Tuesday, October 29, 2013

Music as Speech -- Quiz Answers!

In my last post I listed several pieces in which there are embedded messages about performance style or what I would call musical rhetoric.

Since no brave soul has come forward yet to give answers, here they are:

1. Siciliana

This is the Adoration of the Magi, the second movement of Respighi's Botticelli Triptych. Good Italian that he was, Respighi depicts the Magi's coming to the Holy Family with a Siciliana rhythm:

The Siciliana or Siciliano rhythm has been used for centuries by composers to depict pastoral scenes like the one depicted in that manger in Bethlehem.

Like many ancient rhythms it has become part of the rhetoric of musical style. Undoubtedly this rhythm existed in melodies long before our current notation system was adopted. Therefore, any interpretation of this rhythm must be undertaken with the understanding that the notation on the page is just an approximation of what the rhythm should feel like when performed effectively.

After the performer can accurately execute the rhythm exactly as printed on the page, he must recognize the rhythm is code for a particular style -- in this case, the Siciliana.  Then the execution must be altered slightly.

The characteristics of a Siciliana are a moderate or slow tempo and a lilting feeling.  These can be accomplished by showing the flow of quarter/eighth, quarter/eighth, etc., with the eighth acting as a pick up note to each successive quarter.

The sixteenth note in the middle is just a gentle addendum to the eighth note. It should not be emphasized or given much weight.  The weight in the phrase goes from quarter to quarter with the eighth acting as an uptake of energy and the quarter as a release of that energy.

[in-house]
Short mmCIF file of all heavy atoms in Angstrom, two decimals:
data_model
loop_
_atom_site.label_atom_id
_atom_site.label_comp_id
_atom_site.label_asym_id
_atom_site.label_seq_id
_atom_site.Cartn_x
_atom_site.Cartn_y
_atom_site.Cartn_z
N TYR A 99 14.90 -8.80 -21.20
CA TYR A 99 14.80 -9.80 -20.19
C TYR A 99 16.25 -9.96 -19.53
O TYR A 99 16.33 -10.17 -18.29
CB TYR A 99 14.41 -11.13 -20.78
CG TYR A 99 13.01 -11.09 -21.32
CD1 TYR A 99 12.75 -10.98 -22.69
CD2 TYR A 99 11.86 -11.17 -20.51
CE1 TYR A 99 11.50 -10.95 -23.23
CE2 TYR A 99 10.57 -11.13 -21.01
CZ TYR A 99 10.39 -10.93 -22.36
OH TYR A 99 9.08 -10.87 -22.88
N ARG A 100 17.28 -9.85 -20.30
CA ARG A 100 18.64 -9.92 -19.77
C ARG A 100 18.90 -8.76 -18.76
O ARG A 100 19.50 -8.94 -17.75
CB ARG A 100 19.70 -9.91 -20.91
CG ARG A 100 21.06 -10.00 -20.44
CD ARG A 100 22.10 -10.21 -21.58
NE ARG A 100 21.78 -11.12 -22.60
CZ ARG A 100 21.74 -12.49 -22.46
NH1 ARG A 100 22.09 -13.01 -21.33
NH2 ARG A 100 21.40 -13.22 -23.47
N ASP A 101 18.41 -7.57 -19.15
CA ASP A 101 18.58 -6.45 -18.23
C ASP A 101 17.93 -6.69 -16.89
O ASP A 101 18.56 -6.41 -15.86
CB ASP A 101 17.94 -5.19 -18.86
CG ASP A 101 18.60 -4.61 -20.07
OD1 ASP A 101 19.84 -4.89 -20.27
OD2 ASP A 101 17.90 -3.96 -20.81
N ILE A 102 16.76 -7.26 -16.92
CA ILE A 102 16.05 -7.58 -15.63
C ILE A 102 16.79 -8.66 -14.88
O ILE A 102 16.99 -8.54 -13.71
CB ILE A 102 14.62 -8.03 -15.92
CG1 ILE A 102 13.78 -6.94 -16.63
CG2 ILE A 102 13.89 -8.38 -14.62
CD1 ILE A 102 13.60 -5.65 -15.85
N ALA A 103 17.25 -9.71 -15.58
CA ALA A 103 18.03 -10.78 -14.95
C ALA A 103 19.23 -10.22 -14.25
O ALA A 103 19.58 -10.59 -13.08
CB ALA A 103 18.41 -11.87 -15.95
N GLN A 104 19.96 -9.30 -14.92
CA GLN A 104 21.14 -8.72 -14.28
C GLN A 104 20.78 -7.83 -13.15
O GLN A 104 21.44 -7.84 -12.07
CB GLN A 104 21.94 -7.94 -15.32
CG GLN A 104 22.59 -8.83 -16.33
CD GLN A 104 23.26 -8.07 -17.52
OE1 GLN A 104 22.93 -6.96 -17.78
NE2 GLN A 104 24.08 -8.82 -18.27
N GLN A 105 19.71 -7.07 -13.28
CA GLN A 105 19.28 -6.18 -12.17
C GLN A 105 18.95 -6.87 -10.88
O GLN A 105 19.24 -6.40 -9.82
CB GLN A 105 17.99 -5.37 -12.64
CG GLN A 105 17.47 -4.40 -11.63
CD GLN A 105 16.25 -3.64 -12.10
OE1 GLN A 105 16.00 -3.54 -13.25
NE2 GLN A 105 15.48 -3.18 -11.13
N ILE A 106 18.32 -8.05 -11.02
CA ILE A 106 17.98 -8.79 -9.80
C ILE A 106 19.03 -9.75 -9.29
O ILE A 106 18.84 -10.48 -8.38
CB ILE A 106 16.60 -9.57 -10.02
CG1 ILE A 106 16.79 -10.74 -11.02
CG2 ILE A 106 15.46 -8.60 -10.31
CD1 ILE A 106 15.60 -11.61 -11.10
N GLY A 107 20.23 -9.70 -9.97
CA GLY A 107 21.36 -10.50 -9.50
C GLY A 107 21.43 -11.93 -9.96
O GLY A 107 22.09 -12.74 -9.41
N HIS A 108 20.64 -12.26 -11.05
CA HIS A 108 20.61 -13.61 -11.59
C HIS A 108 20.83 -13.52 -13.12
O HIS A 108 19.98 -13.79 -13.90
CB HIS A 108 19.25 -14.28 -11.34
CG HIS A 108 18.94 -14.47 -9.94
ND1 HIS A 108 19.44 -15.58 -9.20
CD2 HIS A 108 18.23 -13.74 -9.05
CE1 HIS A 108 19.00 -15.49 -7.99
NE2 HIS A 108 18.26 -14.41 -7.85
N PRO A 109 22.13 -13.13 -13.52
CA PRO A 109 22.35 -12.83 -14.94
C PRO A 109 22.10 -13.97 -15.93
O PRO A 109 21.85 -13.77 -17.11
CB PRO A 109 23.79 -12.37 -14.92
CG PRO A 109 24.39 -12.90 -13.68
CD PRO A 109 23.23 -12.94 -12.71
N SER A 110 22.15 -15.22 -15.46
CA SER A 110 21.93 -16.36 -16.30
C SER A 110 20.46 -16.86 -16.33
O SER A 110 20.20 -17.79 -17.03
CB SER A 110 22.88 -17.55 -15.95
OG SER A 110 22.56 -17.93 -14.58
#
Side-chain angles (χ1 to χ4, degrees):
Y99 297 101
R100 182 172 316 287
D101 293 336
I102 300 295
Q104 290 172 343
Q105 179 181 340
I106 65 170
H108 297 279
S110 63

Here would be my way of grouping the three notes.  As you can see, the notation system used doesn't allow for this to be made explicit. So often the beaming and bar lines in music simply function as a mathematical accounting system and can get in the way of good phrasing and musical style.

Sometimes the execution of this rhythm is taken a step further by delaying and lightening up on the sixteenth so that it becomes close to a 32nd note.

Here is an effective way of performing this passage from the Hindemith Sonate:

 Note also the tenuti on the dotted eighth notes (Hindemith) and the staccato (really more of a lift than a staccato) on the 16ths and 8ths (Stees). These changes, along with the displacement of the 16th give the music a lilt that it would lack with a literal interpretation of the rhythms and articulations on the page.

2. Fanfare

Here is another dotted rhythm, this time articulated and in a fast tempo. This is a Fanfare or Signal rhythm. You could trace its roots back to ancient times when brass instruments were used to signal in hunting or to present royalty.

Practice evolved over time -- perhaps in order to make the announcement or call more stirring -- to put a space or lift between the dotted note and the short note.  Used by Mozart in the last movement of his "Jupiter" Symphony it adds a royal flourish to the motives of the movement.  In conjunction with the use of trumpets and timpani in the orchestration the audience at the time would have at least subconsciously felt the allusion to royalty.

There are echoes of this style in the Bassoon Concerto, especially if the performer chooses to articulate the first dotted rhythm:

3. Implied meter. In these examples the composers stray from the printed meter for a short time. They leave it up to the performers to find these hidden codes.

Mozart Symphony #40, mvt. 3

Saint Saƫns Sonate, mvt. 2

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